These essays consider such themes as the Church as mystical body of Christ versus the Church as proclamation; the roots and uses of the term ummah and its development over time; Christian desires for communion, experiences of division, and approaches to unity; the history of Muslim disunity; twentieth-century Christian ecclesiology and its responses to a post-Christendom and post-Christian world; and the Arab Spring as a case study for contemplating accommodationism, conservatism, reformism, and fundamentalism as Muslim strategies to address the pressures of modernism. The volume also includes texts and commentaries used in the seminar’s discussions of each topic and a concluding essay summarizing the tone, content, and style of participant exchanges throughout the seminar.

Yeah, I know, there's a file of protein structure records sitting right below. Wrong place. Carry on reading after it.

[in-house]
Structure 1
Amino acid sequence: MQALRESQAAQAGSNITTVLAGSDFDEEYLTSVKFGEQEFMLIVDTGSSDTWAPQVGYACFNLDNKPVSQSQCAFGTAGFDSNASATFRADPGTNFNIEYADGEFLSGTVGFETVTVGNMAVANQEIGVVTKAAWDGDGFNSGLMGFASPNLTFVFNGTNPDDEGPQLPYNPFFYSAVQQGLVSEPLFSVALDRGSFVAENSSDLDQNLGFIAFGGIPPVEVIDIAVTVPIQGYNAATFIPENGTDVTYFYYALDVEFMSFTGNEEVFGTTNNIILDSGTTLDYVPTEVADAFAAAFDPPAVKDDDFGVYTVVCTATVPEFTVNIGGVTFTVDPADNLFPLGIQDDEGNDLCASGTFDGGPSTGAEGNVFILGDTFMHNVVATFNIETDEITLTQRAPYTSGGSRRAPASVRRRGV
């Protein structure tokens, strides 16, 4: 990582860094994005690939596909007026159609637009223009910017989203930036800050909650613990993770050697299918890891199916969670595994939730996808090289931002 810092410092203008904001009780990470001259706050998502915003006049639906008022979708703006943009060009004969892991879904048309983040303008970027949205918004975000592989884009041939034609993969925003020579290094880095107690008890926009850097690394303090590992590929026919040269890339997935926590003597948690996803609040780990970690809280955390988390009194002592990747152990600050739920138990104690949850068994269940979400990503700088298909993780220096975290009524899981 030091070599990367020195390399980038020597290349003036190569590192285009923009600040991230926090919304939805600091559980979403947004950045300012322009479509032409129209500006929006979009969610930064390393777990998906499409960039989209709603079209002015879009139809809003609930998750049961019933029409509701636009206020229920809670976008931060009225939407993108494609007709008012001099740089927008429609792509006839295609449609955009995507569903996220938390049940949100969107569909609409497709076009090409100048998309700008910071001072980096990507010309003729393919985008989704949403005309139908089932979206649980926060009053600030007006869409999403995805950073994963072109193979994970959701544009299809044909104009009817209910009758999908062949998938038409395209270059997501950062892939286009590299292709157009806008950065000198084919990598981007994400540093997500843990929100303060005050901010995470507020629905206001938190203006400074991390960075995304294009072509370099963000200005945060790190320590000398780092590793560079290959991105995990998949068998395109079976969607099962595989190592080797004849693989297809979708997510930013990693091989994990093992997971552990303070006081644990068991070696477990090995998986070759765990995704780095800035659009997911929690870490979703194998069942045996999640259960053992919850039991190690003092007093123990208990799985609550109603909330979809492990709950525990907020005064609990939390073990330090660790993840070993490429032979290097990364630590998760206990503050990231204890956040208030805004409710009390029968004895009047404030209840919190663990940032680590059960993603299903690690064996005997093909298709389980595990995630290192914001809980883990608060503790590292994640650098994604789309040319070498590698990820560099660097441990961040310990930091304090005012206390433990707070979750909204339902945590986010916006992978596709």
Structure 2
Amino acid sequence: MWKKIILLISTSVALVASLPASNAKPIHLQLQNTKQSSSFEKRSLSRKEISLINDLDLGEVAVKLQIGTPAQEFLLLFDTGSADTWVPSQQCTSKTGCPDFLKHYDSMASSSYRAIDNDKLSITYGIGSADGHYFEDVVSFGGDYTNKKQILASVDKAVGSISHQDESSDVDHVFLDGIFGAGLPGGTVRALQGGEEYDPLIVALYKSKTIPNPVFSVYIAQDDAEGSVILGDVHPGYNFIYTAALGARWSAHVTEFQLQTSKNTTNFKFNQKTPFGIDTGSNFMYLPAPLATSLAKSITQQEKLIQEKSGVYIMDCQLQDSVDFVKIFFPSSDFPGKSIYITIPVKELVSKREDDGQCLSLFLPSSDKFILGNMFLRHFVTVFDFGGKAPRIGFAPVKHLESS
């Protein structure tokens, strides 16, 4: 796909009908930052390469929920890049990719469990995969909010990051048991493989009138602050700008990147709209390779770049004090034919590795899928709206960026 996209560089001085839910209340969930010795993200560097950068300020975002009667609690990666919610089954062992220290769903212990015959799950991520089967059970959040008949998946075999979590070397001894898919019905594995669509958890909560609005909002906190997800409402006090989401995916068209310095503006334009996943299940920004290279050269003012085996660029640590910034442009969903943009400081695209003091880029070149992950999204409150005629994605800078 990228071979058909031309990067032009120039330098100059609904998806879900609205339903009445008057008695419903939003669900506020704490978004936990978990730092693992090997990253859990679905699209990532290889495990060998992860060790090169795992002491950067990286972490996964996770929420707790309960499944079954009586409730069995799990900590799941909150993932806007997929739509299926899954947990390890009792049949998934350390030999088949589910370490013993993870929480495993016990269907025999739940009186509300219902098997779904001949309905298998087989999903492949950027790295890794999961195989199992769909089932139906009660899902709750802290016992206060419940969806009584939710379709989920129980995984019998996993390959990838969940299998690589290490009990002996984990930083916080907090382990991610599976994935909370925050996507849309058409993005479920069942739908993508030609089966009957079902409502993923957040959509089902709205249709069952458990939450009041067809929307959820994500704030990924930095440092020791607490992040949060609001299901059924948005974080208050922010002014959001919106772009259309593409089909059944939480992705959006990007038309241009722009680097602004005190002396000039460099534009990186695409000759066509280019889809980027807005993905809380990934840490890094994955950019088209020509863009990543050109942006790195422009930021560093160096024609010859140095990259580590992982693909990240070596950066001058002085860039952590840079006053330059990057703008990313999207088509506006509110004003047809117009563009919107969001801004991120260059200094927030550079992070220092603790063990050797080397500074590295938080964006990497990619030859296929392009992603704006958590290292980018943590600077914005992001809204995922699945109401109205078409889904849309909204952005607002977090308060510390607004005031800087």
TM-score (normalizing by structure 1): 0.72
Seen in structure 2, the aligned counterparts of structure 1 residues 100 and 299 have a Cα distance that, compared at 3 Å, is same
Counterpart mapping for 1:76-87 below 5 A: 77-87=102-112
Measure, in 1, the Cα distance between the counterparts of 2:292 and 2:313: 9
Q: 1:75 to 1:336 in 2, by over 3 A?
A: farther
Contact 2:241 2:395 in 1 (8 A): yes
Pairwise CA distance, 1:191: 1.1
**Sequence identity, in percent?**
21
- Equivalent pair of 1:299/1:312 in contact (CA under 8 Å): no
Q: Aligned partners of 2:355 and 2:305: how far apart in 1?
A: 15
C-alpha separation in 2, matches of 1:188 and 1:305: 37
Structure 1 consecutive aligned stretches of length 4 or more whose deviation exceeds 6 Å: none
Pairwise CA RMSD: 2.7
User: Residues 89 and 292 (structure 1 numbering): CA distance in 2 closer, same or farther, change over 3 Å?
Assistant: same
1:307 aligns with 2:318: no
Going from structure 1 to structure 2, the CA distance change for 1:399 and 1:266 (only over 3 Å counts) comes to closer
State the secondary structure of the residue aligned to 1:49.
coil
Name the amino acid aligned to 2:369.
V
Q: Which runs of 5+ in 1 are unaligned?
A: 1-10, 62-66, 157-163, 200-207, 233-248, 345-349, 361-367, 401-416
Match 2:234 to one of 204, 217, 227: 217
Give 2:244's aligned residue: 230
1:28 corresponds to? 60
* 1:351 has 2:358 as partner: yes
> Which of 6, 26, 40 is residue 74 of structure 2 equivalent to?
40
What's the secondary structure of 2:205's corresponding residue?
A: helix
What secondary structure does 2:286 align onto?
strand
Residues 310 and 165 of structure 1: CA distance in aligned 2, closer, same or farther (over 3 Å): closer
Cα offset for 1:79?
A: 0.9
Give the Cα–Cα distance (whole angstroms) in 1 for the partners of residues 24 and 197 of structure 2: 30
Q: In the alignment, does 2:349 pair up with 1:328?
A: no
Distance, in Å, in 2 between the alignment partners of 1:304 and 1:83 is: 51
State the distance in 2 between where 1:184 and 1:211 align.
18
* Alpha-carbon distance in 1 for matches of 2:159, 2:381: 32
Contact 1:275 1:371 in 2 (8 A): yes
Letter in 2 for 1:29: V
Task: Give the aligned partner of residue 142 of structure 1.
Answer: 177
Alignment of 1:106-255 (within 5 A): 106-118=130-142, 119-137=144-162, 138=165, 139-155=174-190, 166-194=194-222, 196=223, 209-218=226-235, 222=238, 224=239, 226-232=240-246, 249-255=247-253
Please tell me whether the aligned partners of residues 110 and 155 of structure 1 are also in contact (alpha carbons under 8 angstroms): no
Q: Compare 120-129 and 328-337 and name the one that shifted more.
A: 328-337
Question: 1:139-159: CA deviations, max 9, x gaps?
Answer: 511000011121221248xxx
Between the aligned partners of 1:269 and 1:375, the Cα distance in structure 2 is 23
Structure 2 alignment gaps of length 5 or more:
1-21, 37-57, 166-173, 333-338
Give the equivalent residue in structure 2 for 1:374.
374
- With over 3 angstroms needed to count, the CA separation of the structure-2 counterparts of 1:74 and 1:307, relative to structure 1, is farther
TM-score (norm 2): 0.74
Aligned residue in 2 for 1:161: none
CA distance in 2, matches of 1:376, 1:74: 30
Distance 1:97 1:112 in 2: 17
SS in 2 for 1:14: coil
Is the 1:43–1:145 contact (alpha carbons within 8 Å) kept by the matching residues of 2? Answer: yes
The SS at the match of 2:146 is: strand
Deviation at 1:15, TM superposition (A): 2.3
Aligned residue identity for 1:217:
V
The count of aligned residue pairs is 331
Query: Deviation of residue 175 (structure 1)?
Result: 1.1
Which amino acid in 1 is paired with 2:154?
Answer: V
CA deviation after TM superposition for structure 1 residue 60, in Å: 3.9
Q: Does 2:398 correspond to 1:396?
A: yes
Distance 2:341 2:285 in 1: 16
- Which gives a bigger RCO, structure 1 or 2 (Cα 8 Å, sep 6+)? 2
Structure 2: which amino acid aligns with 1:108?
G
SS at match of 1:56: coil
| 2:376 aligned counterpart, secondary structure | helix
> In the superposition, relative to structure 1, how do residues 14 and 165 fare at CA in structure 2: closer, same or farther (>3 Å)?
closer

Lucinda Mosher is faculty associate in interfaith studies and director of the Multifaith Chaplaincy Program at the Hartford Seminary and assistant academic director of the Building Bridges Seminar.
David Marshall is associate professor of the practice of Christian-Muslim relations at Duke Divinity School and academic director of the Building Bridges seminar.
Thoughtful and provocative, the book begins with the complete texts of the opening lectures by Veli-Matti Kärkkäinen and Jonathan A. C. Brown and contains essays by Christoph Schwöbel, Ayman Shabana, Susan Eastman, Mohammad Hassan Khalil, Philip Sheldrake, and Asma Afsaruddin. Peppered throughout with relevant scripture passages and commentary, the text concludes with an extensive account of the informal conversations at the seminar that conveys the lively and respectful dialogue that is the hallmark of this meeting.